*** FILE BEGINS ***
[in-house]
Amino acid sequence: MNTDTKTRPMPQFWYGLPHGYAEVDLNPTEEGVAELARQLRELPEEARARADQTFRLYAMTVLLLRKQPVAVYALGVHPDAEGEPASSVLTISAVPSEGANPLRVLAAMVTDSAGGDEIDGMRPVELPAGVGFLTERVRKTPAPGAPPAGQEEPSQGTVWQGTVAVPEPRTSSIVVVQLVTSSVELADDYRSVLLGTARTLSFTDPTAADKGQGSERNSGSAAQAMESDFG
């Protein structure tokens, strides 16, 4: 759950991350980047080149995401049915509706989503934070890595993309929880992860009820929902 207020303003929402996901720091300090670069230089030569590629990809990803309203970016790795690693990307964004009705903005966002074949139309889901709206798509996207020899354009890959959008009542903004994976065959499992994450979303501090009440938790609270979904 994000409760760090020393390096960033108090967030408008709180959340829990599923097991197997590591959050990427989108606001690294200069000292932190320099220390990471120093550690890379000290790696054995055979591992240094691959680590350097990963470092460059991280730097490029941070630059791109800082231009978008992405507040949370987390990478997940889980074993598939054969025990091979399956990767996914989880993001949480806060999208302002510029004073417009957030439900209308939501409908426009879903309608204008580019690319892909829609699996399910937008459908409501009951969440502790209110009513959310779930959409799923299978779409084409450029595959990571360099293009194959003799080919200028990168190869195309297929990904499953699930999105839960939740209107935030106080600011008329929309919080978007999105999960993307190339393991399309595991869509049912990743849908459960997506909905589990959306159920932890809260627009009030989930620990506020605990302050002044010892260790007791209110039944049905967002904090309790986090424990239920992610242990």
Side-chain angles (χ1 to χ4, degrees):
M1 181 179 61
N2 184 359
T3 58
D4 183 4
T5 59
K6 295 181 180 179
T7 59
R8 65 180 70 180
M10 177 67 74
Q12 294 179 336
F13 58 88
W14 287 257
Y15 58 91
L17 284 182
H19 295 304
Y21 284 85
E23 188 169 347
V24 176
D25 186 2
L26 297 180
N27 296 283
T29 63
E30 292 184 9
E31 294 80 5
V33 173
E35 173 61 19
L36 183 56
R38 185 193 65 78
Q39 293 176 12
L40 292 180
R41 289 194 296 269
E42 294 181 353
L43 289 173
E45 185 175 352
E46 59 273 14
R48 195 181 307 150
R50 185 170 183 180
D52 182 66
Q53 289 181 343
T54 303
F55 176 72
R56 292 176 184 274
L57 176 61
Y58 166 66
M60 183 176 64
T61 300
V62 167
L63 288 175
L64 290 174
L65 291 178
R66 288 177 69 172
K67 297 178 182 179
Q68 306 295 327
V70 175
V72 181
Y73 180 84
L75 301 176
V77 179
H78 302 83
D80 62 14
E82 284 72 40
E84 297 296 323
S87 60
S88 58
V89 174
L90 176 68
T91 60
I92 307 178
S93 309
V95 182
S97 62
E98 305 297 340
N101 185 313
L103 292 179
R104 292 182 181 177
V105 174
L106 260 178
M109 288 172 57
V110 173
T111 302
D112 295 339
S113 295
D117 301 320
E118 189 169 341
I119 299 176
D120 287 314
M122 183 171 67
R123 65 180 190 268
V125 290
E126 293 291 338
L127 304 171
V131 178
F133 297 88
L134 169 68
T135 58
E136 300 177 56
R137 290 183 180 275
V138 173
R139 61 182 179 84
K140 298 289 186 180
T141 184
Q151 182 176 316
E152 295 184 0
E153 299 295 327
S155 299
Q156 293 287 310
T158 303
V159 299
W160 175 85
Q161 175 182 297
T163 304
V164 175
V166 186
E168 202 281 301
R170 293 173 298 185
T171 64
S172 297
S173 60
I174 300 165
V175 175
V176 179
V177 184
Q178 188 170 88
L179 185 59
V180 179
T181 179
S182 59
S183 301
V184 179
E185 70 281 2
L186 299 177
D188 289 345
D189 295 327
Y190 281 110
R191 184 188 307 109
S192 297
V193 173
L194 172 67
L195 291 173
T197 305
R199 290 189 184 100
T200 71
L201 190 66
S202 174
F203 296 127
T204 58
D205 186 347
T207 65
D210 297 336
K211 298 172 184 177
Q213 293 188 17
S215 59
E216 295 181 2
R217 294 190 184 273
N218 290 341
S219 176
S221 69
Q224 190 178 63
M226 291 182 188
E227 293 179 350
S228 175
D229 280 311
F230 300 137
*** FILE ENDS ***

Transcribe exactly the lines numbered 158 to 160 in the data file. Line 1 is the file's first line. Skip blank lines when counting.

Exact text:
R217 294 190 184 273
N218 290 341
S219 176